The month of May was very contentious one for Euro-Turkey relations.
Following months of monetary and diplomatic appeasement of Erdogan, which culminated with a migration deal according to which Turkey would hold Syrian refugees within its borders instead of allowing them to continue onward to Central Europe, things promptly fell apart. As a reminder, less than a month ago, a high-ranking deputy for Turkey’s ruling AKP party, Burhan Kuzu (also a former adviser to President Erdogan) issued an explicit threat to Europe which was at that time discussing whether or not to grant Turkey visa-free travel within the continent. Specifically, he tweeted that "The European Parliament will discuss the report that will open Europe visa-free for Turkish citizens. If the wrong decision is taken, we will unleash the refugees!." Many read that as tacit blackmail.
Fast forward two weeks later, when we learned that the EU plan to extend visa-free travel privileges to Turkey as of July 1 would be delayed over worries Ankara won't meet the key conditions on time. As Deutsche Welle reported "Chancellor Angela Merkel is in no mood to budge" in what is the first actual indication of resistance by the German to the increasingly more whimsical demands by the Turkish president.
Erdogan quickly responded by escalating the threat level: "The current system falls short... the burden is shouldered only by certain countries, everyone should assume responsibility from now on," he said. "Needs increase every day but resources do not increase at the same pace. There are tendencies to avoid responsibility among the international community." He added that Turkey had spent $10 billion on hosting Syrian refugees, compared to $450 million from the rest of the international community.
As we concluded, the implication was straightforward: send even more money over and above the $3 billion promised previously.
And now that Erdogan's failure to pass visa-free travel will be criticized domestically with questions over his ability to govern without his former PM Ahmet Davutoglu, who was instrumental in getting the visa-waiver deal, the question is whether the infuriated Turkish leader will resort to making good on his threat, and once again send out countless refugees along the Balkan route whose end destination is well-known: the wealthy countries of Central Europe.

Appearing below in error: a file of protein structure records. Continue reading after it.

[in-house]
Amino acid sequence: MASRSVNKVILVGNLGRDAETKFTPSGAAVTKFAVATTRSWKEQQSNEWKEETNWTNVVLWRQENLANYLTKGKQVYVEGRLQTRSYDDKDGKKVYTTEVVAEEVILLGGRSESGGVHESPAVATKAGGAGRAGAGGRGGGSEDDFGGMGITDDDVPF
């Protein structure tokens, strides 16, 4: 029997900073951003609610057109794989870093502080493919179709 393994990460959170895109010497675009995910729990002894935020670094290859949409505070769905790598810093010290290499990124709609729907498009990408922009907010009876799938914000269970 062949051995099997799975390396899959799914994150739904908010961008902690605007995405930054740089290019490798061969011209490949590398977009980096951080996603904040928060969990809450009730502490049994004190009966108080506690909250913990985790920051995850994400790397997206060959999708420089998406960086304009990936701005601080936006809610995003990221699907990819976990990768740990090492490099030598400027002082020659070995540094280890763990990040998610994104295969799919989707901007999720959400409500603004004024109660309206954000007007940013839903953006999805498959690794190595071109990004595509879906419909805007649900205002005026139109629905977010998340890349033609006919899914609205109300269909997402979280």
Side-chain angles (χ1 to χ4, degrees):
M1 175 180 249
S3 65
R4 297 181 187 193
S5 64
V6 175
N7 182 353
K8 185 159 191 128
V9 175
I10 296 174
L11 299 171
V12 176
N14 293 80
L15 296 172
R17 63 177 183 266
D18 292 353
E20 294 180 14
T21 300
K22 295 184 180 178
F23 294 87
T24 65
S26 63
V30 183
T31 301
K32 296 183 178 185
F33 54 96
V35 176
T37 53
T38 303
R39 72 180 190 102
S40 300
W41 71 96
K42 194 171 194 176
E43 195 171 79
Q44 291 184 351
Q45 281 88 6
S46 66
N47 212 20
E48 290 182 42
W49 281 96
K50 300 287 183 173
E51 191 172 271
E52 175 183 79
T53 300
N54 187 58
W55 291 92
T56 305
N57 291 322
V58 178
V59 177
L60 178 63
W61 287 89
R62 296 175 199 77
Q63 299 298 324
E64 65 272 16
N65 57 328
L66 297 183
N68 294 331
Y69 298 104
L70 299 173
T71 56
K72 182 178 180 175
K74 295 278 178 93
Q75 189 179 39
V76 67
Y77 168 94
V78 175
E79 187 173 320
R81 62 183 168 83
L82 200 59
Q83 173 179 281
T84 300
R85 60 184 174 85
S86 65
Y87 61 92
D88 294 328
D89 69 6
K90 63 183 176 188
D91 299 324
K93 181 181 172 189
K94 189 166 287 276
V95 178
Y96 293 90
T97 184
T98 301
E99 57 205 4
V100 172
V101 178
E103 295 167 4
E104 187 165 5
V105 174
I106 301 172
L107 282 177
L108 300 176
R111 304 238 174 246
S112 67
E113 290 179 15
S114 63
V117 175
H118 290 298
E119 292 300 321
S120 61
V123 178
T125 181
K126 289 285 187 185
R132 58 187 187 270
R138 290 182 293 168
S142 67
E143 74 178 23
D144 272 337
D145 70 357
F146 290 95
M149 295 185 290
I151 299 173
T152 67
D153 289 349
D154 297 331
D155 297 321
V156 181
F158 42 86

It all came to a head early today, when Turkey's Foreign Minister Mevlut Cavusoglu told state broadcaster TRT Haber on Tuesday that Turkey would have to suspend its agreement with the European Union to stem the flow of migrants into the bloc if there is no deal to grant visa-free travel to Turks.
In other words, no visa-free travel - something both German and the EU are against as of this moment due to concerns it would permit terrorist to slip through Schengen's border - would mean Turkey floods Europe with hundreds of thousands of more refugees.
Furthermore Reuters reports that in a televized interview, Cavusoglu demand the German government must make clear its stance is not in line with a German parliament resolution declaring the 1915 massacre of Armenians by Ottoman Turkish forces a genocide. In doing so he is pushing Merkel to support a position that is against the will of the vast majority of the German people, and forcing her to take a stand: side with Turkey or be accept hundreds of thousands more refugees.
For now Turkey's blackmail remains purely verbal, although should Europe still refuse to grant Erdogan his demands, it is likely that a "test" release of refugees will follow in the coming weeks to prompt the desired response.